Volume 129 - Number 3 - War on ISIS

Obama’s War on ISIS: But What Does This Mean?
Robert Jervis discusses President Barack Obama’s decision to go to war against ISIS. He argues that domestic politics and “perhaps common sense” argue against inaction on the part of the United States. He questions, however, the likelihood that Obama’s policy will succeed.

pp. 1-5

The War Powers Resolution and the Constitution
Jacob K. Javits, the former U.S. Senator and the principal author of the War Powers Resolution of 1973, urges Congress to uphold its Constitutional authority to partake in the decision-making process to commit U.S. troops to war. Originally written in 1984, the article remains relevant and speaks to the current political landscape pertaining to the role of the President and of Congress in the war against ISIS.

pp. 6-9

Tactical Advantages of Terror
Richard K. Betts applies offense-defense theory to explain the intense advantages that terrorist groups have in launching offensive strikes and in exploiting the defenses that a nation can put up in this era of globalization and asymmetric warfare.

pp. 19-35

Volume 130 - Number 3 - Fall 2015

Inequality as a Danger to Democracy: Reflections on Piketty’s Warning
Sanford Lakoff reflects on Thomas Piketty’s warning that the extreme inequality of wealth and income erodes the bonds of social solidarity that sustain democracy. He contends that in the United States, reforms aimed at promoting equality of opportunity, moderating inequality of reward and inheritance, and curbing the influence of great wealth on elections and legislation, are acutely needed.

pp. 425-447

Islam in the Balance: Ideational Threats in Arab Politics, Lawrence Rubin
Reviewed by CURTIS R. RYAN

pp. 543-544

Buying the Vote: A History of Campaign Finance Reform, Robert E. Mutch

pp. 552-553

Politics Is a Joke! How TV Comedians Are Remaking Political Life, S. Robert Lichter

pp. 560-562

Volume 130 - Number 2 - Summer 2015

Understanding International Partnership: The Complicated Rapprochement between the United States and Brazil
Javier Corrales studies the rapprochement between the United States and Brazil in an effort to develop a theory about international partnerships. He contends that power transitions can offer new incentives for cooperation so long as the existing power faces greater security threats in other regions of the world and the rising power meets certain tests of reliability.

pp. 213-244

The Gingrich Senators: The Roots of Partisan Warfare in Congress, Sean M. Theriault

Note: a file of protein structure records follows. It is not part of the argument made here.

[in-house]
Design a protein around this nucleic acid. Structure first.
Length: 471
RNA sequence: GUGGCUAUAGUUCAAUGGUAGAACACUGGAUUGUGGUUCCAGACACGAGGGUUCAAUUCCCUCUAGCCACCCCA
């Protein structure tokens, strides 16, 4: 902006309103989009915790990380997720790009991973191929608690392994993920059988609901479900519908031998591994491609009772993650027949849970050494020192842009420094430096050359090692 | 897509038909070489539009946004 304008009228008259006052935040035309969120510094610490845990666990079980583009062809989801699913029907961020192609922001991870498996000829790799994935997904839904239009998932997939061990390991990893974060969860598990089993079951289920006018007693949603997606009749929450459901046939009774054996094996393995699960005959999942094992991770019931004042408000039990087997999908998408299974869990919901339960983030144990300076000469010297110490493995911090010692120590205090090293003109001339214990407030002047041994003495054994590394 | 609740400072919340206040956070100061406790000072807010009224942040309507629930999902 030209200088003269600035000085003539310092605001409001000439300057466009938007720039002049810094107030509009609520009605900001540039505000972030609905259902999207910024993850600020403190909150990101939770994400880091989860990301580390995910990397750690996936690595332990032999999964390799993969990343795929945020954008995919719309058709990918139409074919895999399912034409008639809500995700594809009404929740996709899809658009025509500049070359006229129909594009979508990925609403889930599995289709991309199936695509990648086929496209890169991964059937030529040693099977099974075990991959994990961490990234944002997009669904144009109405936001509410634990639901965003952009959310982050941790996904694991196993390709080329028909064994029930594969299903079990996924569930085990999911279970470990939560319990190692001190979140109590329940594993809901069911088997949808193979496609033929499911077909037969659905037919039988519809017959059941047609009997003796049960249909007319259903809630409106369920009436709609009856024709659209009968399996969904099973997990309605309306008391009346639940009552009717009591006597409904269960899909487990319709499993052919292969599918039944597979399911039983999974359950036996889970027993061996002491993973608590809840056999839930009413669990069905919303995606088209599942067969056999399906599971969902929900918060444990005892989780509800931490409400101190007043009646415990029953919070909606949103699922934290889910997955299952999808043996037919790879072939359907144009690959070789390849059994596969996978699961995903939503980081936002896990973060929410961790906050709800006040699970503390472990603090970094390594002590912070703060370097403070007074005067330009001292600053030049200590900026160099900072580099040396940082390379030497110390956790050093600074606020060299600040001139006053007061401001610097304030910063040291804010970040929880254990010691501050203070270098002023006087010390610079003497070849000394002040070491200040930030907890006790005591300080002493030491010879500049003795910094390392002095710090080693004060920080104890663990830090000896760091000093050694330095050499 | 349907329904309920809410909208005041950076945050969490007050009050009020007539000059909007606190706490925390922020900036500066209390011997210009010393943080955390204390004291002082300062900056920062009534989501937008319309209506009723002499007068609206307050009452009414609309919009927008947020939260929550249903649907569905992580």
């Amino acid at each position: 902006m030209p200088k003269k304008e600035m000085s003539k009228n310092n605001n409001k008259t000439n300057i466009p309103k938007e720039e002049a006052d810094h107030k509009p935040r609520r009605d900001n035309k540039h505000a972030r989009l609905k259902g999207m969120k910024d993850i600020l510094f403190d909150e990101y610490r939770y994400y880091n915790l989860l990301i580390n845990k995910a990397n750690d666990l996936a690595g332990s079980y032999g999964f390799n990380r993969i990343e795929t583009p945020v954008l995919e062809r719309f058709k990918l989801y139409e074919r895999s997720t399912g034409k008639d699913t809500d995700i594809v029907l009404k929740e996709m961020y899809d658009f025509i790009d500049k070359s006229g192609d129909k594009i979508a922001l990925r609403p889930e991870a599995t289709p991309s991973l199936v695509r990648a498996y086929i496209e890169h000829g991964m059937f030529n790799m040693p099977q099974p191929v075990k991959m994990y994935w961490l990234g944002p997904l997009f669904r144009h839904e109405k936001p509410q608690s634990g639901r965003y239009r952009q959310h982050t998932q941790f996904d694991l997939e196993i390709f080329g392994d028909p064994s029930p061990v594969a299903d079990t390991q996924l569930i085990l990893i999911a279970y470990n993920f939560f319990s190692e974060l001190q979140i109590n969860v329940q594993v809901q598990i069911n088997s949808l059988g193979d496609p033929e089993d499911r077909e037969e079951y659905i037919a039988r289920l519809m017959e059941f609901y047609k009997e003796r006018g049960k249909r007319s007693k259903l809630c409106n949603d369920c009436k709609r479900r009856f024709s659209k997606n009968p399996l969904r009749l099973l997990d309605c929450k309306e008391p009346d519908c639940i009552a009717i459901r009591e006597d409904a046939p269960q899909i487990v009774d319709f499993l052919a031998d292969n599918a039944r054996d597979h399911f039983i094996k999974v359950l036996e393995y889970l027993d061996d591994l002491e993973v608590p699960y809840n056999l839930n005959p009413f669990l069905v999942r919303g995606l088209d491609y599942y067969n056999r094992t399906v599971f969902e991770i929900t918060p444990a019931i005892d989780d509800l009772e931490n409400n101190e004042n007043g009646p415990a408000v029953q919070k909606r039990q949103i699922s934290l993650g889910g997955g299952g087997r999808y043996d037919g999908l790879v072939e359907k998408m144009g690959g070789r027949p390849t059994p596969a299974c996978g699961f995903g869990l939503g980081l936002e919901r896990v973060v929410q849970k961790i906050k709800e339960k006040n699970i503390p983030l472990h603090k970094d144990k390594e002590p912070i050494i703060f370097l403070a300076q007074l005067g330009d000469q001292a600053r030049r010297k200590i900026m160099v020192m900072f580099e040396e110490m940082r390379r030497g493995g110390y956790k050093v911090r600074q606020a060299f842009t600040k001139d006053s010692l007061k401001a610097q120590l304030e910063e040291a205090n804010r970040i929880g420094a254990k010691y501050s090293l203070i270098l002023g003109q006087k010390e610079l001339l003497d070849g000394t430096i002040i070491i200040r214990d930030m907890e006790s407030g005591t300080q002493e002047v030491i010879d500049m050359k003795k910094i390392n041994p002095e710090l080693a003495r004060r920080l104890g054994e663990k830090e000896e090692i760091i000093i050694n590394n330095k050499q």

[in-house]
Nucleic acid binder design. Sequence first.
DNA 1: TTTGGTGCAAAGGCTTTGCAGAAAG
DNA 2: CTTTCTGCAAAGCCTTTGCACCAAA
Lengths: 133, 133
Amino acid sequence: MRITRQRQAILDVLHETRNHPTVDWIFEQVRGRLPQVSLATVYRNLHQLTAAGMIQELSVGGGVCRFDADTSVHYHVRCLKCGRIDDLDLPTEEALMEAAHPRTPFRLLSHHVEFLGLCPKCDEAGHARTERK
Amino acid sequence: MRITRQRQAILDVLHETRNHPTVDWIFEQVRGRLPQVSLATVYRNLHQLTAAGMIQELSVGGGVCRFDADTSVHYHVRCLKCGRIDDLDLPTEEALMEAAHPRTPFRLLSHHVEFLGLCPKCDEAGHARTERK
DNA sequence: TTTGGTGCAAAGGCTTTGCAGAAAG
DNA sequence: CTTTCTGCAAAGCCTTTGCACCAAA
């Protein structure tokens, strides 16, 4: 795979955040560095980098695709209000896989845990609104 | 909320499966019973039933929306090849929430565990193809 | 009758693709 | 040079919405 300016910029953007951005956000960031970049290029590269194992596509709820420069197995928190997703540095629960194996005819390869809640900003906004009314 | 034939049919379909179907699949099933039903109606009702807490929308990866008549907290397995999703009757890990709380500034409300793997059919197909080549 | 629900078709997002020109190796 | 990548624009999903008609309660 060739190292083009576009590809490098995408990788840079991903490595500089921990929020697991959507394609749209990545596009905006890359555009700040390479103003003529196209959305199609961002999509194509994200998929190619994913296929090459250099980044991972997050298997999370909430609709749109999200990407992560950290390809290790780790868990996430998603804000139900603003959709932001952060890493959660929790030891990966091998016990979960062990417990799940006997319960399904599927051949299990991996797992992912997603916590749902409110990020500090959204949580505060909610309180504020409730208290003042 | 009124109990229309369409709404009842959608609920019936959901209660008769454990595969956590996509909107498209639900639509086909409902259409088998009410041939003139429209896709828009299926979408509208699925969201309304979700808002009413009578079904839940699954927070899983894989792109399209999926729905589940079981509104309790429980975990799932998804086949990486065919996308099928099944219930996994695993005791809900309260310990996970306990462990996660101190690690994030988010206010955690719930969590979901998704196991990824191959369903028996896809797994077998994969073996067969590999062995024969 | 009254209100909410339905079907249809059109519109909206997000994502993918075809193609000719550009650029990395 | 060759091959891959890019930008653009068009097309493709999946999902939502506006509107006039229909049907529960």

Reviewed by GERALD C. WRIGHT

pp. 344-345

Knowing the Adversary: Leaders, Intelligence, and Assessment of Intentions in International Relations, Keren Yarhi-Milo
Reviewed by Mark L. Haas

pp. 358-359

Supreme Court Confirmation Hearings in the U.S. Senate: Reconsidering the Charade, Dion Farganis
Reviewed by Jeffrey Budziak

pp. 376-378

Volume 130 - Number 1 - Spring 2015

How Ideology Divides American Liberals and Conservatives over Israel
Peter Hays Gries examines the impact of ideology on the American public’s attitudes towards Israel. He finds that social and cultural conservatives feel much more warmly towards Israel—and coolly towards Palestinians and Muslims—than their liberal counterparts. 

pp. 51-78

Party Pursuits and the Presidential–House Electoral Connection, 1900–2008, Jeffrey M. Stonecash
Reviewed by DANIEL M. SHEA

pp. 134-136

Leaders in Conflict: Bush and Rumsfeld in Iraq, Stephen Benedict Dyson
Reviewed by Paul R. Pillar

pp. 136-137

Fighting for Peace: Veterans and Military Families in the Anti-Iraq War Movement, Lisa Leitz
Reviewed by FABIO ROJAS

pp. 161-163

Volume 129 - Number 4 - Winter 2014-15

Report X Marks the Spot: The British Government’s Deceptive Dossier on Iraq and WMD
Eric Herring and PIERS ROBINSON evaluate the British government’s claims for war against Iraq through a critical evaluation of the Iraq Dossier, which was published in September 2002. They argue that government officials, through intentional distortion and exaggeration of intelligence, pursued a campaign of deceptive organized political persuasion. 

pp. 551-583

Six Amendments: How and Why We Should Change the Constitution, John Paul Stevens
Reviewed by Geoffrey R. Stone

pp. 711-712

Financing Medicaid: Federalism and the Growth of America’s Health Care Safety Net, Shanna Rose
Reviewed by Frank J. Thompson

pp. 714-715

Subsidizing Democracy: How Public Funding Changes Elections and How It Can Work in the Future, Michael G. Miller
Reviewed by Brian E. Adams

pp. 733-735

Malcolm X at Oxford Union: Racial Politics in a Global Era, Saladin Ambar

pp. 736-738

The Myth of the Democratic Peacekeeper: Civil–Military Relations and the United Nations, Arturo C. Sotomayor

pp. 748-749

Making Constitutions: Presidents, Parties and Institutional Choice in Latin America, Gabriel L. Negretto
Reviewed by TOM GINSBURG

pp. 749-751

No Use: Nuclear Weapons and U.S. National Security, Thomas M. Nichols
Reviewed by TODD S. SECHSER

pp. 754-756
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A Democratic Dilemma: System Effectiveness versus Citizen Participation Robert A. Dahl argues that the Maastricht Treaty presented Europeans with a fundamental democratic dilemma: choosing between their political effectiveness as citizens within their countries and the effectiveness of the European Union as a transnational system.

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